The word "manifest" means "obvious"; what is "manifest" is right in front of your eyes. The word "destiny" is easier: it is what is fated, what is meant to be. What is destined to happen will happen.
Therefore, Manifest Destiny stated that it was obvious that the Northern Europeans who constituted the free population of the United States were going to own the entire central North American continent, from the Atlantic to the Pacific oceans. This was not a debatable possibility: it was a certainty, at least to many people in power in the United States at that time.
If we look more closely at the use of the phrase in the 1840s, we find it was popularized by a newspaper editor, John O'Sullivan, who was a proponent for the US annexing Texas. He wrote in the summer of 1845 that it is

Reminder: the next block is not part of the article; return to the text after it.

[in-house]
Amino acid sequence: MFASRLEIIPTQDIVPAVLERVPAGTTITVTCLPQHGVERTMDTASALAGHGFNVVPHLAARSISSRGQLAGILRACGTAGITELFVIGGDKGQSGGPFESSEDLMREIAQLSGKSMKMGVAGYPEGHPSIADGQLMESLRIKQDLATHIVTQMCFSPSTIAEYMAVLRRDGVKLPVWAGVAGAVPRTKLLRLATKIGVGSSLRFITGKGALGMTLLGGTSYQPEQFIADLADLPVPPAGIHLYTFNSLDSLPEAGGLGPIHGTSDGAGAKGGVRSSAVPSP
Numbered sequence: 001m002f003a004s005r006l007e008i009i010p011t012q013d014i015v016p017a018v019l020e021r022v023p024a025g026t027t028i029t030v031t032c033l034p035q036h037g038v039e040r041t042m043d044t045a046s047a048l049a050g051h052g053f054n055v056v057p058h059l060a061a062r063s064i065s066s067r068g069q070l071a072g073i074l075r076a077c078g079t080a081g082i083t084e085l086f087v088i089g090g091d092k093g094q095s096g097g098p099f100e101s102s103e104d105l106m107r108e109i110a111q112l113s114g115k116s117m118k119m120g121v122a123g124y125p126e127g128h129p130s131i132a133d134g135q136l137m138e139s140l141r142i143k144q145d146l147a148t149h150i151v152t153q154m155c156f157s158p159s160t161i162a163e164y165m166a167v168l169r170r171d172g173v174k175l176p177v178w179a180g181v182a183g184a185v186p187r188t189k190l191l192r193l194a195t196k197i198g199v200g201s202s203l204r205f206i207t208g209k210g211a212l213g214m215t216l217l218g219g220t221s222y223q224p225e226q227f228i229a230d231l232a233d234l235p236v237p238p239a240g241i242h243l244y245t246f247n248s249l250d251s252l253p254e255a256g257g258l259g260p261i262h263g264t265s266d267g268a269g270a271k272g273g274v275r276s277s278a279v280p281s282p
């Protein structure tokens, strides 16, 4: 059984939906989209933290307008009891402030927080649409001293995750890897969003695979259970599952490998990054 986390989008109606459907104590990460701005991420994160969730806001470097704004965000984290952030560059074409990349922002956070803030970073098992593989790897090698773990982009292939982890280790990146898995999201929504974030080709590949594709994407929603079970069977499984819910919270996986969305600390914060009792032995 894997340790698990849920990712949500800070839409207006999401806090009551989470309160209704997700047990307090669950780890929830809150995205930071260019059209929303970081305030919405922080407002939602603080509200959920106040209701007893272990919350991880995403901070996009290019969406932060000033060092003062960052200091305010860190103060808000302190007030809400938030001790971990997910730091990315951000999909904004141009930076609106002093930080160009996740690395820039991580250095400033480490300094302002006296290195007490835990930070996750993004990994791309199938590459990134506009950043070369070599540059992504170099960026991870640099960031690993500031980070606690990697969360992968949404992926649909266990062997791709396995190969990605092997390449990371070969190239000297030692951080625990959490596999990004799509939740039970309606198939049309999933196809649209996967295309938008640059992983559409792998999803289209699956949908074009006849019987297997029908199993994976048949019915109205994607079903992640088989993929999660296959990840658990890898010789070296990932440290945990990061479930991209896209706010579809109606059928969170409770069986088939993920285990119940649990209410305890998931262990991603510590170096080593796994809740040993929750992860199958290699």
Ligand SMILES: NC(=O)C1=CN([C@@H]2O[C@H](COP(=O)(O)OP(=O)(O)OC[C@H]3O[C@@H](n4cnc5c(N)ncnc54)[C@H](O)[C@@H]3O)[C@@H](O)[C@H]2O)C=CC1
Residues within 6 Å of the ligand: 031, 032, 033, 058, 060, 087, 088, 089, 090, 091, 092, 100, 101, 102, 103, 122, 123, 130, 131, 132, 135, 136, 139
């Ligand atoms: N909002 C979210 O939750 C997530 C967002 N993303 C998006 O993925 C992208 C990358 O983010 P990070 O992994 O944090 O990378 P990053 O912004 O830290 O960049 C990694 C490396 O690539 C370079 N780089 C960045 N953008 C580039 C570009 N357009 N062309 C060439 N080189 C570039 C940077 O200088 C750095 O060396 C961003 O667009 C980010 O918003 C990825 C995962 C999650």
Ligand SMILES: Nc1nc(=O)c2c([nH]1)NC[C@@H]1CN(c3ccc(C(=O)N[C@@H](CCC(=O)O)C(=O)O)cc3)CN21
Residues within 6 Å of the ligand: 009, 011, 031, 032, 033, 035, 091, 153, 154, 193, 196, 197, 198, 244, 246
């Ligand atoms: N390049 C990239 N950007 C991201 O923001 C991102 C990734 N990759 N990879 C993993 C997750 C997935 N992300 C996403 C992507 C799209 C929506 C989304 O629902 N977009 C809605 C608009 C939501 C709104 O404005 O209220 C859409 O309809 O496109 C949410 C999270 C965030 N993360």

. . . our manifest destiny to overspread the continent allotted by Providence for the free development of our yearly multiplying millions.
Later that year, he used the phrase in a much more influential column about the Oregon territory border dispute, writing,
And that claim is by the right of our manifest destiny to overspread and to possess the whole of the continent which Providence has given us for the development of the great experiment of liberty and federated self-government entrusted to us.
His argument was that since the British had no interest in spreading democracy ("the great experiment of liberty"), they had no right to the Oregon territory.
The concept of Manifest Destiny expressed itself in the US's westward expansion in the 1840s into Texas and Oregon. An ideology that unquestioningly asserts that a nation has been ordained by God to control a territory is a powerful impetus to achieving the goal.
Clearly, the Native Americans, the British, and the Spanish had other ideas about this destiny, but the United States did prevail in obtaining most of the territory it sought.